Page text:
“An Introduction to Operations Management” by Wharton School of Business Mar 3 – Apr 25

This course will teach you how to analyze and improve business processes, be it in services or in manufacturing. You will learn how to improve productivity, how to provide more choice to customers, how to reduce response times, and how to improve quality.

Course Syllabus

The course is broken up into six modules:

  1. Introduction
  2. Process analysis
  3. Productivity
  4. Responsiveness
  5. Quality
  6. Product variety

There are two tracks in this course, an academic track and a practitioner track. For the academic track, the final grade is determined based on five homework assignments and a final exam. It is also possible to complete the course via a practitioner track, which requires the completion of a real world application project.

Course Format

The class will consist of lecture videos, which are between 7 and 12 minutes in length. Many of them contain 1-2 integrated quiz questions per video. There will also be standalone homeworks that are not part of video lectures. The course ends with a final exam. For the practitioner track, students need to complete a course project along the way which, in each week, applies the learnings from the modules to a real world problem.

Get Valuable Tips from a Successful Entrepreneur: Mark Zuckerberg (Part II)

Mark Zuckerberg needs very little introduction considering that his most famous product – FACEBOOK – was being used by 1.23 billion users worldwide by the end of 2013. Here Mark shares some of the back stories behind Facebook.

WORTH READING

Facebook: 10 years of social networking, in numbers

Facebook’s 10th birthday: from college dorm to 1.23 billion users

Get Valuable Tips from a Successful Entrepreneur: Daymond John (Part I)

“A young entrepreneur, an industry pioneer, a highly regarded marketing expert, and a man who has surpassed new heights of commercial and financial success are just a few ways people have described Daymond John. Over the last 20 years, Daymond has evolved from one of the most successful fashion icons of his generation to one of the most sought after branding experts, business, and motivational speakers in the country.”

“Daymond’s creative vision and strong knowledge of the marketplace helped him create one of the most iconic fashion brands in recent years. FUBU, standing for “For Us By Us”, represented a lifestyle that was neglected by other clothing companies. Realizing this need in the marketplace, Daymond created the untapped urban apparel space and laid the groundwork for other companies to compete in this newly established market.” READ MORE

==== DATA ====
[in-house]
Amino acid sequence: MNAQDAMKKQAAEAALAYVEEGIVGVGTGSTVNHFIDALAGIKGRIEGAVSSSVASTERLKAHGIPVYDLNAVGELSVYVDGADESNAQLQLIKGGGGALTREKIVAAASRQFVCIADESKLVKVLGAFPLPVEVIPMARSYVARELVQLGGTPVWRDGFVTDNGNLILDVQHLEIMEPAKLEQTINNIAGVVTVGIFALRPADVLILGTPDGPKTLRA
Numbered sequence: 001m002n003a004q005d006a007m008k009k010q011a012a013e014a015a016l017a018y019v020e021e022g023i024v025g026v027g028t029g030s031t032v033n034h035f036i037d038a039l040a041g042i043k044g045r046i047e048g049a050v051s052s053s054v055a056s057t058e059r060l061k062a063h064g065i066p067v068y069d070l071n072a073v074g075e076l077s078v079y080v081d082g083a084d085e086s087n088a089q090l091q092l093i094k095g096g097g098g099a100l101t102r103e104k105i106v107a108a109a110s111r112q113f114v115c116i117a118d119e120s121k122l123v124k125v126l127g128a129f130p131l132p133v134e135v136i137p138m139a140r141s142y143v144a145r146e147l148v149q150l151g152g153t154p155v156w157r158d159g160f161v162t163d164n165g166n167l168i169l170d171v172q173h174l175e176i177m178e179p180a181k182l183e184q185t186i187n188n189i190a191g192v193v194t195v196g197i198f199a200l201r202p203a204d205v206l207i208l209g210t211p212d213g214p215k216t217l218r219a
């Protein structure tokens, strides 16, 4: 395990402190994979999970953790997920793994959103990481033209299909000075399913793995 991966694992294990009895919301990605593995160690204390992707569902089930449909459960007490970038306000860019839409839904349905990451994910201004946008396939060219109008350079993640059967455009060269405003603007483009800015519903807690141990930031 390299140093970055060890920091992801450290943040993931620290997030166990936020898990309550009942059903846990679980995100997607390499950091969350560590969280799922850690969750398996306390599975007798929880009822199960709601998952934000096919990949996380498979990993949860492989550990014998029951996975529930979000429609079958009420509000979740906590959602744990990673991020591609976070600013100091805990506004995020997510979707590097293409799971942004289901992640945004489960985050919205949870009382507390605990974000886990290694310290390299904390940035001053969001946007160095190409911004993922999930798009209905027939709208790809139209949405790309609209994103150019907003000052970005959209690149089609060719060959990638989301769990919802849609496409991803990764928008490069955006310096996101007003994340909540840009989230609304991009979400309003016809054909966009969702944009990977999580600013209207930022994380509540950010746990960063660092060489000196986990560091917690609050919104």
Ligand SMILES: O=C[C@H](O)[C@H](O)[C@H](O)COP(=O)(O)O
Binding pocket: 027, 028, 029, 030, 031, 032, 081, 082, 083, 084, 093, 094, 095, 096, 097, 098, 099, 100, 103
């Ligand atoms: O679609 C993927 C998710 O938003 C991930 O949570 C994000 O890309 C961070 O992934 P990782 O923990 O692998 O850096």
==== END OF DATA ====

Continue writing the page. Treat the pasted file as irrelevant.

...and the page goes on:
Listen to an interview with Daymond John

Review of Jamaica’s Economic Performance October – December 2013

The Planning Institute of Jamaica (PIOJ) published an economic performance report dated February 19, 2014. This report covered the performances of different sectors of the economy such as agriculture, forestry & fishing, manufacture, construction and tourism.

Here are some of what you will find in the report:

Tourism
Real Value Added for Hotels & Restaurants grew by an estimated 5.6%
Total arrivals up 11.6%
Stopover arrivals up by 7.2%
Cruise passenger arrivals up 17.7%

Construction Industry
Real Value Added for Construction increased by 2.0%, reflecting higher levels of output for all components.
Building Construction estimated to have grown due to:
Increased housing starts up 50.0%
Increased value of Mortgages up 3.3%

Agriculture, Forestry & Fishing
The Agriculture, Forestry & Fishing industry grew by an estimated 10.0% due in part to:
Plantains up 41.8%
Condiments up 31.1%
Vegetables up 19.0%
Fruits up 11.2%
Potatoes up 8.6%

Mining & Quarrying
Real Value Added for Mining & Quarrying grew by 12.0% as a result of:
Total bauxite production increased by 8.2% reflecting:
Alumina production up 15.5%
Average capacity utilization rate at alumina refineries increased to 44.8%, up 6.0%
Increase in crude bauxite production by 2.9%

SOURCE: Planning Institute of Jamaica

An Introduction to Operations Management (Mar 3)

COURSE TAUGHT BY CHRISTIAN TERWIESCH OF THE UNIVERSITY OF PENNSYLVANIA

This course will teach you how to analyze and improve business processes, be it in services or in manufacturing. You will learn how to improve productivity, how to provide more choice to customers, how to reduce response times, and how to improve quality.

About the Course

PART OF THE WHARTON FOUNDATION SERIES

Remember the last time you went to a restaurant. What did you expect from that restaurant? You wanted to find something on the menu that you liked, you wanted the meal to be prepared according to high quality standards, you wanted to get it quickly and didn’t want to pay too much money for it. Now, remember the last time you went to a doctor’s office or a hospital. What did you want the doctors and nurses to do? You wanted them to provide the right care for you, you wanted the care delivered with great quality, you wanted to get the care quickly, and you (or your insurance) didn’t want to pay too much for it.

Put differently, the management skills that you need to run the operations of a restaurant are the same that you need to run a hospital. And these are the skills you will learn in this course. Specifically, you will learn how to improve productivity, increase responsiveness, provide more choice to the customer, and deliver higher quality standards. In short, you will learn how to analyze business processes and how to improve them. Along the way, you will learn about topics such as Lean Operations, Six Sigma, and the Toyota production system, you will hear about bottlenecks, flows rates, and inventory levels. And, much, much more.

Course Syllabus

The course is broken up into six modules: